Venus



Venus, the second planet from the Sun, is the closest planet to Earth. It is visible in the sky either three hours after sunset or three hours before sunrise, depending on the season. This pattern prompted early astronomers to refer to the planet as the "evening star" or the "morning star." Venus is named for the Roman goddess of love and beauty. Throughout history, the planet has been thought of as one of the most beautiful objects in the sky.

Venus and Earth have long been considered sister planets. The reason for this comparison is that they are similar in size, mass, and age. The diameter of Venus at its equator is about 7,500 miles (12,000 kilometers). The planet revolves around the Sun at an average distance of 67 million miles (107 million kilometers). It takes Venus about 225 Earth days to complete one revolution. The planet spins extremely slowly on its axis, taking about 243 Earth days to complete one rotation. Like Uranus and Pluto, Venus spins on its axis in the opposite direction to which it orbits the Sun.

Space probes to Venus

Beginning in 1961, both the United States and the former Soviet Union began sending space probes to explore Venus. The probes revealed that Venus is an extremely hot, dry planet, with no signs of life. Its atmosphere is made primarily of carbon dioxide with some nitrogen and trace amounts of water vapor, acids, and heavy metals. Its clouds are laced with sulfur dioxide.

Venus provides a perfect example of the greenhouse effect. Heat from the Sun penetrates the planet's atmosphere and reaches the surface. The heat is then prevented from escaping back into space by atmospheric carbon dioxide (similar to heat in a greenhouse). The result is that Venus has a surface temperature of 900°F (482°C), even hotter than that of Mercury, the closet planet to the Sun.

The surface of Venus is obscured by a dense layer of clouds composed of sulfuric acid droplets. The cloud cover creates a greenhouse effect (not allowing heat to escape the atmosphere) that results in surface temperatures of more than 900°F (482°C), higher than that of Mercury. (Reproduced by permission of National Aeronautics and Space Administration.)
The surface of Venus is obscured by a dense layer of clouds composed of sulfuric acid droplets. The cloud cover creates a greenhouse effect (not allowing heat to escape the atmosphere) that results in surface temperatures of more than 900°F (482°C), higher than that of Mercury. (Reproduced by permission of
National Aeronautics and Space Administration
.)

Under Venus's atmosphere, the U.S. and Soviet space probes found a rocky surface covered with volcanoes (some still active), volcanic features (such as lava plains), channels (like dry riverbeds), mountains, and medium- and large-sized craters.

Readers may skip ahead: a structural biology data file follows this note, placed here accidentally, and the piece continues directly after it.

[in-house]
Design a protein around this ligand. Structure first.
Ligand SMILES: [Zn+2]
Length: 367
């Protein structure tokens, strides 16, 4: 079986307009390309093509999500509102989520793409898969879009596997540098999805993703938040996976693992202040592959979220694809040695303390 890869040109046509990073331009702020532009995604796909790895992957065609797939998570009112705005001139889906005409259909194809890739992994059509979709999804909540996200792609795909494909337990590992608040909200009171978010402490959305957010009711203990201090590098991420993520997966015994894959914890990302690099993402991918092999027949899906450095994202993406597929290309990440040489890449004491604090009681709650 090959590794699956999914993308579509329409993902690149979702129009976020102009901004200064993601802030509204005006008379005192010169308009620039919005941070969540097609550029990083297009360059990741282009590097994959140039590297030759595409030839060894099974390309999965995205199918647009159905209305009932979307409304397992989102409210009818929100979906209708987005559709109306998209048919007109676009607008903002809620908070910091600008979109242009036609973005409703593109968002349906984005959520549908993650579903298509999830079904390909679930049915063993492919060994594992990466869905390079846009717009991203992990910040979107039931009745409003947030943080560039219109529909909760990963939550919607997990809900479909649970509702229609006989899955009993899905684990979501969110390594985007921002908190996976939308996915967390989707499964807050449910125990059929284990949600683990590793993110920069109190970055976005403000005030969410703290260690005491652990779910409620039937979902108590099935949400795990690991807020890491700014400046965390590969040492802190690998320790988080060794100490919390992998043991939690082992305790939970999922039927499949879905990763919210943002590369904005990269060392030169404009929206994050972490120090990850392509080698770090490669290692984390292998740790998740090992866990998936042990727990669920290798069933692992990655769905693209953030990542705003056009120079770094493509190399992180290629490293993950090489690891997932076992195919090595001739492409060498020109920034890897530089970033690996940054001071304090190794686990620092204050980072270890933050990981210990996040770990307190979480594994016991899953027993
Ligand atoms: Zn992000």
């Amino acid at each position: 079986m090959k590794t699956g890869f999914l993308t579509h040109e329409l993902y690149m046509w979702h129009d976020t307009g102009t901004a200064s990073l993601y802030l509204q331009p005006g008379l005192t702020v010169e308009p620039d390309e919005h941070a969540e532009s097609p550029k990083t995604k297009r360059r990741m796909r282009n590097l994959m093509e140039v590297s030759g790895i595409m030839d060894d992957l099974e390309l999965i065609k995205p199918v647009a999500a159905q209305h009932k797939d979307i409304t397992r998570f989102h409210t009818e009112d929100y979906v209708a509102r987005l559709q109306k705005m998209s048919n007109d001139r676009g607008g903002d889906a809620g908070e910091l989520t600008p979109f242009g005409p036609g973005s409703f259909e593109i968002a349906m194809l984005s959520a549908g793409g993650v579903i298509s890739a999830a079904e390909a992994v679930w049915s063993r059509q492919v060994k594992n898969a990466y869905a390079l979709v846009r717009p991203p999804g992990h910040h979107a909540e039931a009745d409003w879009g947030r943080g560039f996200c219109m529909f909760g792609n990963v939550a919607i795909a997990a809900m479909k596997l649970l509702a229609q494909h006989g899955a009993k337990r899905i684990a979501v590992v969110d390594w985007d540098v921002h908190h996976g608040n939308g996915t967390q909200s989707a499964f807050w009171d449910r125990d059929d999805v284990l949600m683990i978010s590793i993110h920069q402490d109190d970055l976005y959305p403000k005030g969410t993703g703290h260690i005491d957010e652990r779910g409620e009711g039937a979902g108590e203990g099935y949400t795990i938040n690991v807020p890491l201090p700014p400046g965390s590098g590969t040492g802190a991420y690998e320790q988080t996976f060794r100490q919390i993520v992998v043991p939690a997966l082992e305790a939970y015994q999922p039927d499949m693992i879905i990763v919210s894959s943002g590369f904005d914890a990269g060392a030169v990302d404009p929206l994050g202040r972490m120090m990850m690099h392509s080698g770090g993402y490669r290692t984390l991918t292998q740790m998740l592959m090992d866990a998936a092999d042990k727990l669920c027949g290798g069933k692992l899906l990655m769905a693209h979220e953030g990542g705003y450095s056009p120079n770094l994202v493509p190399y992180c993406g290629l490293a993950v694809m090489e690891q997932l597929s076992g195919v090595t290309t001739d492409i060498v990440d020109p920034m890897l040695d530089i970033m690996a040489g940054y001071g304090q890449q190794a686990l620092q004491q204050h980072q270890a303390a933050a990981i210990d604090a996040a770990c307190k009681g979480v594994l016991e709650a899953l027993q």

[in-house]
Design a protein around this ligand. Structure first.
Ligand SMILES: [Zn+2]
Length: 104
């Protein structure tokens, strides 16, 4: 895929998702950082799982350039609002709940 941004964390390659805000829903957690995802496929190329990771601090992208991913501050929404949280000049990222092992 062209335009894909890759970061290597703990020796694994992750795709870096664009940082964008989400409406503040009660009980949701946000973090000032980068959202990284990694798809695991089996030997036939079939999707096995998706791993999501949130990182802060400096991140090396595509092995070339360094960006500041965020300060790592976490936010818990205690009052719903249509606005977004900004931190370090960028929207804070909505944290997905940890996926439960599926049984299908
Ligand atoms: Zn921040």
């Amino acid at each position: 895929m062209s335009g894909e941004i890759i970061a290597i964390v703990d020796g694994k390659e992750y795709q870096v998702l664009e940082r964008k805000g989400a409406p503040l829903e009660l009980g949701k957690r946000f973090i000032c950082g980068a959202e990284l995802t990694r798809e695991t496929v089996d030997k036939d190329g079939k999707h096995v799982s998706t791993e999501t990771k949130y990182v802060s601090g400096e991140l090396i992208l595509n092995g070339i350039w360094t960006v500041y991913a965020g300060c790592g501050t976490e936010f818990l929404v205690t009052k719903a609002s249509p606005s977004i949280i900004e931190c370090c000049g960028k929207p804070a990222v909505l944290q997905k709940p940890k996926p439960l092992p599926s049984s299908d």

Magellan . The U.S. probe Magellan mapped the entire Venusian surface from 1990 to 1994. The Magellan radar data showed that Venus is remarkably flat, and that some 80 percent of the planet's surface is covered by smooth volcanic plains, the result of many lava outflows. Magellan also revealed the existence of two large continent-like features on Venus. These features are known as Ishtar Terra (named after the Babylonian goddess of love) and Aphrodite Terra (named after the Greek goddess of love). Ishtar Terra, which measures some 620 miles (1,000 kilometers) by 930 miles (1,500 kilometers), lies in Venus's northern hemisphere. It has the form of a high plateau ringed with mountains. The largest mountain in the region, Maxwell Montes, rises to a height of 7 miles (11 kilometers). Aphrodite Terra is situated just to the south of the Venusian equator and is some 10,000 miles (16,000 kilometers) long by 1,200 miles (2,000 kilometers) wide. It is a region dominated by mountainous highlands and several large volcanoes.

Astronomers analyzing Magellan 's data have concluded that about 500 to 800 million years ago, lava surfaced and covered the entire planet,

An artist's impression of one of the three continent-sized highland regions of Venus, Beta Regio, which consists of two huge volcanoes rising above the plains. Both are about 2.5 miles (4 kilometers) high and appear to be on a north-south fault line connecting them with other possibly volcanic features in the south. They have smooth surfaces and are shaped like Hawaiian volcanoes. (Reproduced by permission of National Aeronautics and Space Administration.)
An artist's impression of one of the three continent-sized highland regions of Venus, Beta Regio, which consists of two huge volcanoes rising above the plains. Both are about 2.5 miles (4 kilometers) high and appear to be on a north-south fault line connecting them with other possibly volcanic features in the south. They have smooth surfaces and are shaped like Hawaiian volcanoes. (Reproduced by permission of
National Aeronautics and Space Administration
.)

giving it a fresh, new face. One indication of this event is the presence of volcanic craters and other formations on the surface that lack the same weathered appearance of that of older formations.

[ See also Solar system ]



Also read article about Venus from Wikipedia

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